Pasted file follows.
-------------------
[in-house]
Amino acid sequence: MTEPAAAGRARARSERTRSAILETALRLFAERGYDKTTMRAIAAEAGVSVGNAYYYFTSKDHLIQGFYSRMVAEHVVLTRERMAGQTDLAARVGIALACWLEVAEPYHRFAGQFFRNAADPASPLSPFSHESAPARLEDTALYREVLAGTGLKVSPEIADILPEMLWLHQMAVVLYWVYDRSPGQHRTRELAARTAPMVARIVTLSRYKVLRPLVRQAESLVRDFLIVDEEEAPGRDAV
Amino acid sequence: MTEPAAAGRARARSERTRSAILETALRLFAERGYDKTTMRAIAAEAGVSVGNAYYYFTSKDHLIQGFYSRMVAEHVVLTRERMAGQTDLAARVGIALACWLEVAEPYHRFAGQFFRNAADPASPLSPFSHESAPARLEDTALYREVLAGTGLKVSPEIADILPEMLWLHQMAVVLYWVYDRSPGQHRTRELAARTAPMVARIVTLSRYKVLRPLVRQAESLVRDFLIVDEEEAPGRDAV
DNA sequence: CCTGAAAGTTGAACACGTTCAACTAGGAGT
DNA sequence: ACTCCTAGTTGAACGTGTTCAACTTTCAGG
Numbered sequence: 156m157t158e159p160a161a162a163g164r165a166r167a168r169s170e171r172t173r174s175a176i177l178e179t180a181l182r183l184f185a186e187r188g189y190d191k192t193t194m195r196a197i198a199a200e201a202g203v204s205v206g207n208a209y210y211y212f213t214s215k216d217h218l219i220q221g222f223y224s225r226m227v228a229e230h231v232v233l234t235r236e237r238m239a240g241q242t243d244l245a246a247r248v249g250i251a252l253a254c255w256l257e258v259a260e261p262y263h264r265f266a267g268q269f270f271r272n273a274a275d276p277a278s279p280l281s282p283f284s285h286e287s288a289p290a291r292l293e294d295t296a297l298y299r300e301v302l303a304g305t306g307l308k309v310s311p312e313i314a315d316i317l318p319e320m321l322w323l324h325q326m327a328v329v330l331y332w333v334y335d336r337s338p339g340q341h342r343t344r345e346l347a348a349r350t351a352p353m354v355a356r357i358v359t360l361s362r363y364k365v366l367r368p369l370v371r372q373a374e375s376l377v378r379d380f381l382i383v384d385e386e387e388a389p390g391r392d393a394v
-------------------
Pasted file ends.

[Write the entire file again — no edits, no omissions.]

[in-house]
Amino acid sequence: MTEPAAAGRARARSERTRSAILETALRLFAERGYDKTTMRAIAAEAGVSVGNAYYYFTSKDHLIQGFYSRMVAEHVVLTRERMAGQTDLAARVGIALACWLEVAEPYHRFAGQFFRNAADPASPLSPFSHESAPARLEDTALYREVLAGTGLKVSPEIADILPEMLWLHQMAVVLYWVYDRSPGQHRTRELAARTAPMVARIVTLSRYKVLRPLVRQAESLVRDFLIVDEEEAPGRDAV
Amino acid sequence: MTEPAAAGRARARSERTRSAILETALRLFAERGYDKTTMRAIAAEAGVSVGNAYYYFTSKDHLIQGFYSRMVAEHVVLTRERMAGQTDLAARVGIALACWLEVAEPYHRFAGQFFRNAADPASPLSPFSHESAPARLEDTALYREVLAGTGLKVSPEIADILPEMLWLHQMAVVLYWVYDRSPGQHRTRELAARTAPMVARIVTLSRYKVLRPLVRQAESLVRDFLIVDEEEAPGRDAV
DNA sequence: CCTGAAAGTTGAACACGTTCAACTAGGAGT
DNA sequence: ACTCCTAGTTGAACGTGTTCAACTTTCAGG
Numbered sequence: 156m157t158e159p160a161a162a163g164r165a166r167a168r169s170e171r172t173r174s175a176i177l178e179t180a181l182r183l184f185a186e187r188g189y190d191k192t193t194m195r196a197i198a199a200e201a202g203v204s205v206g207n208a209y210y211y212f213t214s215k216d217h218l219i220q221g222f223y224s225r226m227v228a229e230h231v232v233l234t235r236e237r238m239a240g241q242t243d244l245a246a247r248v249g250i251a252l253a254c255w256l257e258v259a260e261p262y263h264r265f266a267g268q269f270f271r272n273a274a275d276p277a278s279p280l281s282p283f284s285h286e287s288a289p290a291r292l293e294d295t296a297l298y299r300e301v302l303a304g305t306g307l308k309v310s311p312e313i314a315d316i317l318p319e320m321l322w323l324h325q326m327a328v329v330l331y332w333v334y335d336r337s338p339g340q341h342r343t344r345e346l347a348a349r350t351a352p353m354v355a356r357i358v359t360l361s362r363y364k365v366l367r368p369l370v371r372q373a374e375s376l377v378r379d380f381l382i383v384d385e386e387e388a389p390g391r392d393a394v